So far, it has been argued that bilateral bargaining is well suited to accommodate govern-
ments’ distributive concerns. In addition, there is no major enforcement problem that
would require third-party enforcement. But this does not explain why binding agreement
is bilateral in tax treaty-making. As we have seen, there is an important role for comple-
mentary multilateral bargaining in order to provide focal points for bilateral bargains. This
raises the possibility that countries could also come to a binding multilateral agreement. In
fact, it is easy to draft a multilateral tax treaty that contains the same provisions as the
OECD MC (Lang, 1997). Governments could, in principle, agree on a multilateral tax
treaty that would leave them distributional flexibility. The distributively sensitive aspects
could still be determined in bilateral bargains and subsequently all countries involved
could agree on one multilateral document that included a series of bilaterally varying
provisions.14 Why, then, is agreement not multilateral in double tax avoidance?
The answer is that there is no need for such a binding multilateral framework in
double tax avoidance because there is no free rider problem. This point can be worked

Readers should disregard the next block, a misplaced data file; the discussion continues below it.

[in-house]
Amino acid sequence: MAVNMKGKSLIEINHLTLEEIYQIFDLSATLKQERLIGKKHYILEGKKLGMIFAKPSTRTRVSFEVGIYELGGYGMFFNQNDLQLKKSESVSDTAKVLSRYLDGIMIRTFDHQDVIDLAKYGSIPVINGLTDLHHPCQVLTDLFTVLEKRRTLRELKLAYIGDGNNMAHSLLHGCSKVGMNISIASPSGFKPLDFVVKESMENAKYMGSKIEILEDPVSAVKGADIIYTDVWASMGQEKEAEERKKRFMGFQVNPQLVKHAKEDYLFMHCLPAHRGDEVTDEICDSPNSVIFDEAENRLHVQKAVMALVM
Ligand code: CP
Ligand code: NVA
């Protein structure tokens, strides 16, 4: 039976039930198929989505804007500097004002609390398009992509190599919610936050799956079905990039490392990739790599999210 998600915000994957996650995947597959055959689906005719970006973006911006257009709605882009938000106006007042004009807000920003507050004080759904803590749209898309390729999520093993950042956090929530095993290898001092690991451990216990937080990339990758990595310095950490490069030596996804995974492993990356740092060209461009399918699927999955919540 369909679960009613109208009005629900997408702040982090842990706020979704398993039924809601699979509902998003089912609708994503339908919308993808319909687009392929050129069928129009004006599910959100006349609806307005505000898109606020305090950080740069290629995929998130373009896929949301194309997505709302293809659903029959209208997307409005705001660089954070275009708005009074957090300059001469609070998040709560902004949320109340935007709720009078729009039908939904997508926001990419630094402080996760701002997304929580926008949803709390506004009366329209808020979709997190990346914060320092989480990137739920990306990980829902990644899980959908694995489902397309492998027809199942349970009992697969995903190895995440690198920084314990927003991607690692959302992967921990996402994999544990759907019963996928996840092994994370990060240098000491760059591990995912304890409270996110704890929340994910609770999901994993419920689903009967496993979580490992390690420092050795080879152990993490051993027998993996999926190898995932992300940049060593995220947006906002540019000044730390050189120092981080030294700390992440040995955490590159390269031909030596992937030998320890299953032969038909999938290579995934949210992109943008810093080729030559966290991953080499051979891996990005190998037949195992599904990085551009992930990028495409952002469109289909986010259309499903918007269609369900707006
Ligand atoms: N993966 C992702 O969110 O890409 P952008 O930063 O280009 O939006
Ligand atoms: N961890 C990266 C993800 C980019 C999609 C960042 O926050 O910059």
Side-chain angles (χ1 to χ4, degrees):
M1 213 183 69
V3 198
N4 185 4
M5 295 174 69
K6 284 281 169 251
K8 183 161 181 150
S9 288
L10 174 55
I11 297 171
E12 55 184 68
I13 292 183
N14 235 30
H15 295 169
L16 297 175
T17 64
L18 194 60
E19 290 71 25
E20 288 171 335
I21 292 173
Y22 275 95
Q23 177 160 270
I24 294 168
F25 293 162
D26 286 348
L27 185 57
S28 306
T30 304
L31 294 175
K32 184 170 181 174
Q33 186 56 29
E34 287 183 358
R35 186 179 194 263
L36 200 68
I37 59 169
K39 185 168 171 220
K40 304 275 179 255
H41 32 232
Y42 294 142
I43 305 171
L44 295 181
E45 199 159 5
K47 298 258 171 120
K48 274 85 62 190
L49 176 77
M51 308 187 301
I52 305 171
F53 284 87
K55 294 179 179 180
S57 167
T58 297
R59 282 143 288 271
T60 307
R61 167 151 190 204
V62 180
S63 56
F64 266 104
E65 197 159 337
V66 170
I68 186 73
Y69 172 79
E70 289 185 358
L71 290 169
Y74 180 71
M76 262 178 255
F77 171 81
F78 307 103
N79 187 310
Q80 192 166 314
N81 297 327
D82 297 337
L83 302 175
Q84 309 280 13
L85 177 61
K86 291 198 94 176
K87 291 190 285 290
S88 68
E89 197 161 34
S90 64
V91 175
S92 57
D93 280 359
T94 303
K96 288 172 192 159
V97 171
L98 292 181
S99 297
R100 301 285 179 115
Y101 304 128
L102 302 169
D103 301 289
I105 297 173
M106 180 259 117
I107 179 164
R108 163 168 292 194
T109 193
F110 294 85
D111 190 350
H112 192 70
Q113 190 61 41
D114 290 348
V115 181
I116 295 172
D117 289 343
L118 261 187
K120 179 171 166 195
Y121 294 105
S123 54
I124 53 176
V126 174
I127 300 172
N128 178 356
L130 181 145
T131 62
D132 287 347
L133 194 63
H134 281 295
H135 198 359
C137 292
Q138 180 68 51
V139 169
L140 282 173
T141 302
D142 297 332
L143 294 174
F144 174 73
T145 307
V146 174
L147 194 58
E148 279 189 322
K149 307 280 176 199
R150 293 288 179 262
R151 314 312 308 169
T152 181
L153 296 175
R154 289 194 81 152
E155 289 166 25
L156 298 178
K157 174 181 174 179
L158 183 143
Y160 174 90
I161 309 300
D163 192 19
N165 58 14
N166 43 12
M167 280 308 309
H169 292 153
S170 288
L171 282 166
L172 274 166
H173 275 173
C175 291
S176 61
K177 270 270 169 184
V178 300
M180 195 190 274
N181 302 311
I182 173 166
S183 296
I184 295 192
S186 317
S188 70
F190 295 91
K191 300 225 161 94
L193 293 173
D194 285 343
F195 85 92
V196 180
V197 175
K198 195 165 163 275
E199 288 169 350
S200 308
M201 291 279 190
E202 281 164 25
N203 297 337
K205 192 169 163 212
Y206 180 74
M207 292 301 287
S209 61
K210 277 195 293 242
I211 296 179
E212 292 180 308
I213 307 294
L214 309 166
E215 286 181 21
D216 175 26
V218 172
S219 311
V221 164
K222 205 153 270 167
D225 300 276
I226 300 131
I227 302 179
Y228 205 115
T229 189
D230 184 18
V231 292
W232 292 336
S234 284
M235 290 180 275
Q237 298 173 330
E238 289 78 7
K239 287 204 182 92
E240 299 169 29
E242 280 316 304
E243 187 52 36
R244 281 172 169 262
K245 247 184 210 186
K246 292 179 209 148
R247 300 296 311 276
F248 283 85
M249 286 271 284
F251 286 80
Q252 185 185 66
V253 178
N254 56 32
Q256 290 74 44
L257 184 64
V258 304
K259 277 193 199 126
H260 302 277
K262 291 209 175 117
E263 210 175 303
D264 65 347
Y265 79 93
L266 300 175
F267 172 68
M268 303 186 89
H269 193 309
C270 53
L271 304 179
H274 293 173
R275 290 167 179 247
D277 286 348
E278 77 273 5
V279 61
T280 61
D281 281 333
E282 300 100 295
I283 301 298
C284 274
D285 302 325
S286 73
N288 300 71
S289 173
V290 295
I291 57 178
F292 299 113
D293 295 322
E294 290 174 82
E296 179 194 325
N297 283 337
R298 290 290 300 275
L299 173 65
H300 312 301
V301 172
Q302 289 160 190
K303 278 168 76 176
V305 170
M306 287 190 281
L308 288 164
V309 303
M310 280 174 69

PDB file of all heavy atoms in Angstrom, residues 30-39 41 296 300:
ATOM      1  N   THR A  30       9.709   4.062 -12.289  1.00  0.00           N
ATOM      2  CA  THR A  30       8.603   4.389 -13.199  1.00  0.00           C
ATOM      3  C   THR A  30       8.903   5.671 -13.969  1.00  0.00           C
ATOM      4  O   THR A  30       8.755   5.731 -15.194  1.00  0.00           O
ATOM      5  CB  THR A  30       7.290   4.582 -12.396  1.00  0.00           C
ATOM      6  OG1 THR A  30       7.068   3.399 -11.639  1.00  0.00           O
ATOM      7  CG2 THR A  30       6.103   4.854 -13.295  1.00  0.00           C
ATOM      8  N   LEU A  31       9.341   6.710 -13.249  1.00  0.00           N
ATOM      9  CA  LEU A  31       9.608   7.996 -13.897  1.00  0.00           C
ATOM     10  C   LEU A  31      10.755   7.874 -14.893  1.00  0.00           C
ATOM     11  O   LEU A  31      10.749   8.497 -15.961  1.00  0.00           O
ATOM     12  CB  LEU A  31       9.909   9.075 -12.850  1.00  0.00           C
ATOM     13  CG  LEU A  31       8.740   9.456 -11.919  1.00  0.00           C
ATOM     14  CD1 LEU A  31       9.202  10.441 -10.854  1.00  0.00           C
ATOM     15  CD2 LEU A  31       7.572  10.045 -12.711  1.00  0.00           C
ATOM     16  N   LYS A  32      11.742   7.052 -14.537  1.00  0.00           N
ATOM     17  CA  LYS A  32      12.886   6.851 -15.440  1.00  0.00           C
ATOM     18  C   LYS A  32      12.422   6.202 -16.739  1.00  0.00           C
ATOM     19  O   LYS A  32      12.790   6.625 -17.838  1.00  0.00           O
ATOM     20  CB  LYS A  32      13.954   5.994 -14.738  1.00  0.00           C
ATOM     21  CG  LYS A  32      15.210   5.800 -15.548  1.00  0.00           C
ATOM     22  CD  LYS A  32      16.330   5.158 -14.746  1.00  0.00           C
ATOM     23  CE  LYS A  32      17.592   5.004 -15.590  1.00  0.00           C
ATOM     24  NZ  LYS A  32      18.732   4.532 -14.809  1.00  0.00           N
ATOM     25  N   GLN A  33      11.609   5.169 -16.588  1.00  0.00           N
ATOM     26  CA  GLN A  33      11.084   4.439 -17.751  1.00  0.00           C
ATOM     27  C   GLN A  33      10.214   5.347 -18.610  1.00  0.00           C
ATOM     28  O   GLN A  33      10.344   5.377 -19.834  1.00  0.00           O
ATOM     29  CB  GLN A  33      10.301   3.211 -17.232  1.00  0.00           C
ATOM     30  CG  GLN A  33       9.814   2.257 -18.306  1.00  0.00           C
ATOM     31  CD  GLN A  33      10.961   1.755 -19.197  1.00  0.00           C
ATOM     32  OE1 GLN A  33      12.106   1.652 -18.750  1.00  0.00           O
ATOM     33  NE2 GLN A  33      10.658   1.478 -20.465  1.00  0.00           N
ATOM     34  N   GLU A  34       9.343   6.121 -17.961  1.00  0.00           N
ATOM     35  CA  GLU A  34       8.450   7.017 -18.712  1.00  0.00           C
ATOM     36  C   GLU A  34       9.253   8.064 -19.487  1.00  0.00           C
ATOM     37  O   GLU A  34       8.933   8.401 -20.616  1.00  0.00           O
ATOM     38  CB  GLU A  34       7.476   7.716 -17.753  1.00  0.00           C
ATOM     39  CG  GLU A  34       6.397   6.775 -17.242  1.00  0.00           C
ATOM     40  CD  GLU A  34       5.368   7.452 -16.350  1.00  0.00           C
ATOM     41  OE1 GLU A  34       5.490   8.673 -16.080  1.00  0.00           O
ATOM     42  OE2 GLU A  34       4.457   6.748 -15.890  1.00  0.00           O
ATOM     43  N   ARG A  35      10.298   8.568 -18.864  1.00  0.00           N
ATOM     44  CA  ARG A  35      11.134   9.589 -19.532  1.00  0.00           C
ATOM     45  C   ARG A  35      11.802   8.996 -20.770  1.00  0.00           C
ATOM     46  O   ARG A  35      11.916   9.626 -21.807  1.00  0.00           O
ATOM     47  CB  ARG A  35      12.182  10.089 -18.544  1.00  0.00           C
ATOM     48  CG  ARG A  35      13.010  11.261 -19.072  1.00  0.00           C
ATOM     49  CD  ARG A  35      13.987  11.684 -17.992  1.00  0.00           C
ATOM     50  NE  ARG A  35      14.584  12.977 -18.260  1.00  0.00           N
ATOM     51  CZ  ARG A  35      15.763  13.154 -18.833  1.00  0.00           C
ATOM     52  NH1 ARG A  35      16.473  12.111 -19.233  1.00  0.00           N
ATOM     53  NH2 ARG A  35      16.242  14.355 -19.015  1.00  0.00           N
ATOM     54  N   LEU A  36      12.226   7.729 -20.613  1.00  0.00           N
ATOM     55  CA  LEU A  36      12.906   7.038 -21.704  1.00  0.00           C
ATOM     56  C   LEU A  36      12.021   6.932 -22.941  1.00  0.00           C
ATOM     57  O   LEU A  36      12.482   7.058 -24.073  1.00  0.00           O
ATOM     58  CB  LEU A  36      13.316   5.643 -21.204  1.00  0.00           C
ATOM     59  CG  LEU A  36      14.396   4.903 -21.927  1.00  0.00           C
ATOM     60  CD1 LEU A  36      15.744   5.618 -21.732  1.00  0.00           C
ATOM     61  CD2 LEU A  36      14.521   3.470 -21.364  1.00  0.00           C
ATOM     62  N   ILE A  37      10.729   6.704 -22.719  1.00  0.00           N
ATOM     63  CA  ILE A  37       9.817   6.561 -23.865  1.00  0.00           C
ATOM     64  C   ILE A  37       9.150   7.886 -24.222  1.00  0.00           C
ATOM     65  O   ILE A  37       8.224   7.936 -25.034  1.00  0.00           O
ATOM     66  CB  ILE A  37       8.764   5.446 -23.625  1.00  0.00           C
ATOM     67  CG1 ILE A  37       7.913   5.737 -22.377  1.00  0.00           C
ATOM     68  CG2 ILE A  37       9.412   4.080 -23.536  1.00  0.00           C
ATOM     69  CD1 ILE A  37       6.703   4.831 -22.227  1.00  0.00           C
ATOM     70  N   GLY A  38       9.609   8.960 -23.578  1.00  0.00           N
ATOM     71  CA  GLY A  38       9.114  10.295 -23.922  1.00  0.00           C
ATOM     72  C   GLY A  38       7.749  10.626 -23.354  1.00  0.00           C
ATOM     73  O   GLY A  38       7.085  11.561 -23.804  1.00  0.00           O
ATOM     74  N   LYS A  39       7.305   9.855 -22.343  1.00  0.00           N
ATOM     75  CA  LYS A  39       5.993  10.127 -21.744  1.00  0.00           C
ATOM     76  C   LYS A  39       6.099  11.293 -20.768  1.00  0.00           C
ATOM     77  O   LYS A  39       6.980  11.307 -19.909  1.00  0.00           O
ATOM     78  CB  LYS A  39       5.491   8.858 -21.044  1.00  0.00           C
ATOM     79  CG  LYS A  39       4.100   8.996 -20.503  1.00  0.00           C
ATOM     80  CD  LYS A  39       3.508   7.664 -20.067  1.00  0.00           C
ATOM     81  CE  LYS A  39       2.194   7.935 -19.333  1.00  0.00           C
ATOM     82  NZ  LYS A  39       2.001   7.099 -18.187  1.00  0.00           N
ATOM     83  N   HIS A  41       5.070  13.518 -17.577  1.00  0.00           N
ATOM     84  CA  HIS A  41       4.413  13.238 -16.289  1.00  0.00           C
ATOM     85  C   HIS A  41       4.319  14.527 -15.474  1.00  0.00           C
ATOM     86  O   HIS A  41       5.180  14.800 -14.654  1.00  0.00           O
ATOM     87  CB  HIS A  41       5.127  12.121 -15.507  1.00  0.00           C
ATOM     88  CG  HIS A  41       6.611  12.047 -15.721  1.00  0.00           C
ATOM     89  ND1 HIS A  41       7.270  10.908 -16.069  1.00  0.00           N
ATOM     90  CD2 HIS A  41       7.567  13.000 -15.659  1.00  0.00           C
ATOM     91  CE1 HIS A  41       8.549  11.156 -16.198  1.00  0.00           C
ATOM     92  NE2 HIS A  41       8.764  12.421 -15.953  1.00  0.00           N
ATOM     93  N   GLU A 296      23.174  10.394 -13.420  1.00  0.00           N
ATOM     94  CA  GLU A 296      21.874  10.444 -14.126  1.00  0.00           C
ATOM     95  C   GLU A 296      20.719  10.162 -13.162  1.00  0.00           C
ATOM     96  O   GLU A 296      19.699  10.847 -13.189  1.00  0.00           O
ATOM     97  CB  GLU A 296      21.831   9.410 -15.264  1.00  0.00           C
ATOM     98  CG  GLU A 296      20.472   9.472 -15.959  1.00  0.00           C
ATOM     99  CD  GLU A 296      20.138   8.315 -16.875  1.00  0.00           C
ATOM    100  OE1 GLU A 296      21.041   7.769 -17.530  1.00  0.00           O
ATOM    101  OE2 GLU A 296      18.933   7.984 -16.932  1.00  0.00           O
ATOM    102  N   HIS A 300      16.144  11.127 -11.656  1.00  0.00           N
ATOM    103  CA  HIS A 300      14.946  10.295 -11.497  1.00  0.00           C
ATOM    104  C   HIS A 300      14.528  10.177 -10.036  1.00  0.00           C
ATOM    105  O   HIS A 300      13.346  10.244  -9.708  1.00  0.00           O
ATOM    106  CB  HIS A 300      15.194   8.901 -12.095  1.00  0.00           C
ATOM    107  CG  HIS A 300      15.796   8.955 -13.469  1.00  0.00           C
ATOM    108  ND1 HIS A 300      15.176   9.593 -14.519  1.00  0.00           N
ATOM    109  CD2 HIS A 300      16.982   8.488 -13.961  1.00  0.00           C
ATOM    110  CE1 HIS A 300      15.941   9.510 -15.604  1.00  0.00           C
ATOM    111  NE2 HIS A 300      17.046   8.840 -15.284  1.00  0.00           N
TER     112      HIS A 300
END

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Rixen 605
out by contrasting the cases of the international trade and tax regime (the following argu-
ment is developed in more detail in Rixen and Rohlfing, 2007). In international trade
liberalization, which has for a long time been achieved through bilateral agreement,
countries have to balance the interests of ‘their’ import-competing and exporting indus-
tries. They generally do not engage in unilateral trade liberalization and can best
achieve this balance through bilateral agreements. However, once they have struck a
deal, the balance achieved in relation to one country may be upset by a subsequent trade
agreement between their treaty partner and a third country. If that agreement is more
favourable to the third country, the exporters of the first country may suffer. In order
to prevent this, governments introduced Most Favoured Nation (MFN) clauses into their
bilateral agreements, so that their exporters would always be given the best treatment
that their treaty partners grant to any country. Thus, MFN treatment, which became man-